The location of The Farmhouse at Manakin Road, in the picturesque countryside of Goochland County about 10 minutes from Short Pump, makes this dressy restaurant a perfect destination for a Sunday dinner. And the structure, a two-story white frame house with columned portico and large yard, is inviting enough to grace a holiday greeting card.
Unfortunately, the new owners of what previously was the storied Fox Head Inn have chosen to close Sundays (and Mondays). On the positive side, they've retained the charm and grace of the inn while relaxing the atmosphere and lowering the prices. The converted house features three small dining rooms, which seat 50, and a cozy bar. When spring arrives, an equal number can eat on a patio.
The previous owners closed the restaurant last summer. After some refurbishing, including a new kitchen, the Farmhouse opened in mid-September. Now it's a family affair, owned and operated by sisters Veronica "Ronnie" Lower and Susan Sause, and their 20-something daughters, Jesika Tuthill and Tara Winnett, all of whom moved here from New Jersey. Chef Thomas Hussey is Lower's fiancé and his assistant is Tuthill's husband, Lucas. Hussey previously cooked at a steak house in Red Bank, N.J., where Lower was bar manager. The clan was lured to Virginia by Jesika and Lucas, who discovered the area's charms while they were students at Virginia Commonwealth University.
The biggest change between old and new is the menu.
Under Chef Robert Ramsey, the Fox Head gambled that it could attract high-end diners with a prix fixe menu ($58 to $68) that offered a single entrée, a sort of chef's whim-of-the-day. The new menu boasts two dozen entrées, ranging from a $16 pasta dish to chateaubriand for two at $62. Most entrees are in the $20s, with starters from $6 to $13.
Hussey's experience is reflected by five steaks, three versions of veal and two styles of lamb. Added to that are a variety of pork, chicken, seafood and pasta dishes and nightly specials. There also are three $8 meals for children.
Our waitress assured us that everything was wonderful, fresh and delicious. While suggestions are welcome, most diners don't like being told in advance how good things are. That greeting and being seated at an undersized two-top flat up against a closet door got things off to a poor start. She also didn't announce the price of the specials -- another pet peeve.
However, she recovered quickly, allowing us to move to a larger table in the middle of the room and presenting a pod of roasted garlic and warm bread. She also pointed out that the chef makes all of the dressings and sauces, which turned out to be a mixed blessing.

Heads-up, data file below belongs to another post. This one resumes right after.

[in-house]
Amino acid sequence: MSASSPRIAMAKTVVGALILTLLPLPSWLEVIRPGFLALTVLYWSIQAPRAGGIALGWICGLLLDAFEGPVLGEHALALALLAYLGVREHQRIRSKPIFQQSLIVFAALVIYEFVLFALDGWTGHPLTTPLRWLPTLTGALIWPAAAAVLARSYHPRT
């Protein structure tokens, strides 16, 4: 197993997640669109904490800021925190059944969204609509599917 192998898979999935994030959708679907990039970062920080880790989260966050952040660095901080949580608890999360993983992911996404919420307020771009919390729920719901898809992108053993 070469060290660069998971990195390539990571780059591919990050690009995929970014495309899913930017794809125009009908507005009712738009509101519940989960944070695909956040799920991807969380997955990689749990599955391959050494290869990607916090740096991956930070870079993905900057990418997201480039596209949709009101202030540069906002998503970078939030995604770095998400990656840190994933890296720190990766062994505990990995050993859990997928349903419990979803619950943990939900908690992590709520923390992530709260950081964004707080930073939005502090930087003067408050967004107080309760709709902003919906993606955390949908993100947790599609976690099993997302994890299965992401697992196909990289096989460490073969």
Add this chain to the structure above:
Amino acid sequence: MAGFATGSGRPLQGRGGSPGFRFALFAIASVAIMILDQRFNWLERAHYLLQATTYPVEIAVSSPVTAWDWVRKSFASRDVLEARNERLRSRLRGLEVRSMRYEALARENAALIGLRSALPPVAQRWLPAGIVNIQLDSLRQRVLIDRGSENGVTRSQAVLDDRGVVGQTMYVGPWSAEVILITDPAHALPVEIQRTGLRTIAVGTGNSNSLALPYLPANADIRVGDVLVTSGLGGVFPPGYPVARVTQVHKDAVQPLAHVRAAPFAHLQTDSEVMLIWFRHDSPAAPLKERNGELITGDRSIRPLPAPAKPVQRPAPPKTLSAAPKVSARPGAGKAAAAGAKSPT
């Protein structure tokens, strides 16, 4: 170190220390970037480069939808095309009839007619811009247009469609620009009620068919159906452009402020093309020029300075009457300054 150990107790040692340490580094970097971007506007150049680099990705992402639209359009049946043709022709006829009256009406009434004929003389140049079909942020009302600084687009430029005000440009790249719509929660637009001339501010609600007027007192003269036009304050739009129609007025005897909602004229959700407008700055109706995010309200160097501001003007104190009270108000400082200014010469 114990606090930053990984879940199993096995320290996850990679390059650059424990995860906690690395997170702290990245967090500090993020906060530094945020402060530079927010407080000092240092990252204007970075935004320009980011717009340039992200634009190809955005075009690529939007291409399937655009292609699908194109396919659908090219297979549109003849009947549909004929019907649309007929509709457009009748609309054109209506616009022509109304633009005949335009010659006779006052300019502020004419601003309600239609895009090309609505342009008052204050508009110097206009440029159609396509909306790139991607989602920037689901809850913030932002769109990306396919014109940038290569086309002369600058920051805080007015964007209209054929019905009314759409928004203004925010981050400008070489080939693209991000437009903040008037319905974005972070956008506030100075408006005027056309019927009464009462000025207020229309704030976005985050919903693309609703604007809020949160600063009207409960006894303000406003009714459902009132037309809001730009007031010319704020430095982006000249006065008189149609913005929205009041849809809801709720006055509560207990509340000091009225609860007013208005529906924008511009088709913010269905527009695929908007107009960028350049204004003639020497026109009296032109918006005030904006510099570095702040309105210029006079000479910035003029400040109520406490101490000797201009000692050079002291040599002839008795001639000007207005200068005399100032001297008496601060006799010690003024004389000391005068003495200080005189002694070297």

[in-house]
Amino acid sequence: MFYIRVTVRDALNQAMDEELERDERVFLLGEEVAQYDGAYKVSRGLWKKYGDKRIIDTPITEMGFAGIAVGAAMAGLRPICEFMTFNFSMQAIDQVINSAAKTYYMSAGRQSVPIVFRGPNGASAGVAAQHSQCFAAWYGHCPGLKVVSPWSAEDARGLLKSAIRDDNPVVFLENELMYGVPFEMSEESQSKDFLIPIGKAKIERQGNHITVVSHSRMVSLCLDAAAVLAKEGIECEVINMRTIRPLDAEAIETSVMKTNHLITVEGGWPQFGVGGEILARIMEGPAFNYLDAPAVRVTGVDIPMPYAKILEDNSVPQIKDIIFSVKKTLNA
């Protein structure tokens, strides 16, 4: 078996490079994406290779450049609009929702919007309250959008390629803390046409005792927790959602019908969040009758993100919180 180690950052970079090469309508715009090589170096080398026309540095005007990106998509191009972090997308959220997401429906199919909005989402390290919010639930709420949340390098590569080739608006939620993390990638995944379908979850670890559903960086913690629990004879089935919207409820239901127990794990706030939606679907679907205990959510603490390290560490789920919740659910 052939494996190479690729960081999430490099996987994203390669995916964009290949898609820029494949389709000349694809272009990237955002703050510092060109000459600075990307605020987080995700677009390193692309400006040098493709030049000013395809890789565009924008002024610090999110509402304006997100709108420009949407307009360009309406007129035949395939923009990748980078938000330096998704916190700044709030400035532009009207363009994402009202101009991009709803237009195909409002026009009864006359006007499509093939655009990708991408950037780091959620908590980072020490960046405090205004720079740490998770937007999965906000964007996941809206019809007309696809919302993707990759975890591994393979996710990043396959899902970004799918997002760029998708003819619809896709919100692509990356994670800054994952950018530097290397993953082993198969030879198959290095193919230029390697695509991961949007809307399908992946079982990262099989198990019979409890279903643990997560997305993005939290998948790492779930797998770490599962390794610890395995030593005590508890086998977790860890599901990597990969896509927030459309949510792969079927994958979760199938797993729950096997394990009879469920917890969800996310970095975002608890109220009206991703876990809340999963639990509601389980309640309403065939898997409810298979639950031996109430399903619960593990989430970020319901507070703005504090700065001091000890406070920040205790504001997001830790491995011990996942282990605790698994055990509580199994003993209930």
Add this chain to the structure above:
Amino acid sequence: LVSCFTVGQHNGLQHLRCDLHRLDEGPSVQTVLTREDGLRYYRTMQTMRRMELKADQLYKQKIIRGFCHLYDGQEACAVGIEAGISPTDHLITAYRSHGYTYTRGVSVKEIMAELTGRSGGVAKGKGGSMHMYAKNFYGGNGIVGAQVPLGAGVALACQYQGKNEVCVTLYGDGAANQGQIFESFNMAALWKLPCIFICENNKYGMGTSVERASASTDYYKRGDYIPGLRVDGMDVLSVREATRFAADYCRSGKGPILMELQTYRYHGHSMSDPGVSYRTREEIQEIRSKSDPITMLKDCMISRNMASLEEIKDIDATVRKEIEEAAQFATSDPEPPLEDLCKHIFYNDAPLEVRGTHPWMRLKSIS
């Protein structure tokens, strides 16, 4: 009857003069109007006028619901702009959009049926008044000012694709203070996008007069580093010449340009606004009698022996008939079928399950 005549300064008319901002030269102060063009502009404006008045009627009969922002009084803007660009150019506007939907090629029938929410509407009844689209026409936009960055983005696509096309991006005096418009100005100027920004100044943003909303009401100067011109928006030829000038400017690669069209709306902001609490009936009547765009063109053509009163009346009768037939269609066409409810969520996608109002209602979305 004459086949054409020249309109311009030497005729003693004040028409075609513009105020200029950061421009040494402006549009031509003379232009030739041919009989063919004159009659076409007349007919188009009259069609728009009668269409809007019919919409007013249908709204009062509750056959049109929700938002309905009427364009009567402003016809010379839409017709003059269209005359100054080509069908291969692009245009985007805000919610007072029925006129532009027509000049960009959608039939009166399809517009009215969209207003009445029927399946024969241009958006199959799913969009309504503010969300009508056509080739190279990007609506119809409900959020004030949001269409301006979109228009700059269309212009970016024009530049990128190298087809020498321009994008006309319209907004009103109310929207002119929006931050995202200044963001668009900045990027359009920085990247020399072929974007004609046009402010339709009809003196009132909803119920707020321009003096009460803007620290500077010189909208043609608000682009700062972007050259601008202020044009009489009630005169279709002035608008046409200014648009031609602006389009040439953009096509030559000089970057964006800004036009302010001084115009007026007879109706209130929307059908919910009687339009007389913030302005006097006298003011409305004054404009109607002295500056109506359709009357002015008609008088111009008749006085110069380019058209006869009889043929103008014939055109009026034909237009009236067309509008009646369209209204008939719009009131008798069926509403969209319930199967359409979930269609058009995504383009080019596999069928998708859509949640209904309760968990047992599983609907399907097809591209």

Appetizers, in addition to typical starter fare fried calamari, mussels marinara, fried mozzarella, crab cakes included filet medallions and sausage-stuffed mushrooms. The latter featured a creamy pecorino Romano sauce and julienned sweet-potato fries.
Our server rightly suggested that the salads were big enough to share. Ours was delicious and bolstered the chef's reputation with dressings: Sherry vinaigrette topped a bed of field greens dressed with sweet poached pears, spiced pecans and Gorgonzola.
But the entrées proved to be too much of a good thing.
While the meat and fish were expertly cooked, the chef's vaunted sauces sunk what they were meant to elevate. Tilapia encrusted with pistachios was hidden beneath a covering of black olives and roasted red peppers and drenched in a sweet sambuca cream sauce.
Similarly, the saltimbocca veal medallions, layered with fresh spinach and melted prosciutto and mozzarella, were barely visible beneath a mushroom Madeira demi-glace.
Fortunately, that problem is easy enough to fix: Lay off the sauce, chef. And here's another suggestion: Serve Sunday-afternoon dinner and close Mondays and Tuesdays. That way the staff will get two-and-one-half days off, and Hussey's skill at the range will make The Farmhouse a popular destination. S
The Farmhouse at Manakin Road ($$$ NS)
1840 Manakin Road, Manakin-Sabot
Dinner: Tuesday-Thursday, 5-10 p.m.
Friday-Saturday, 5-11 p.m.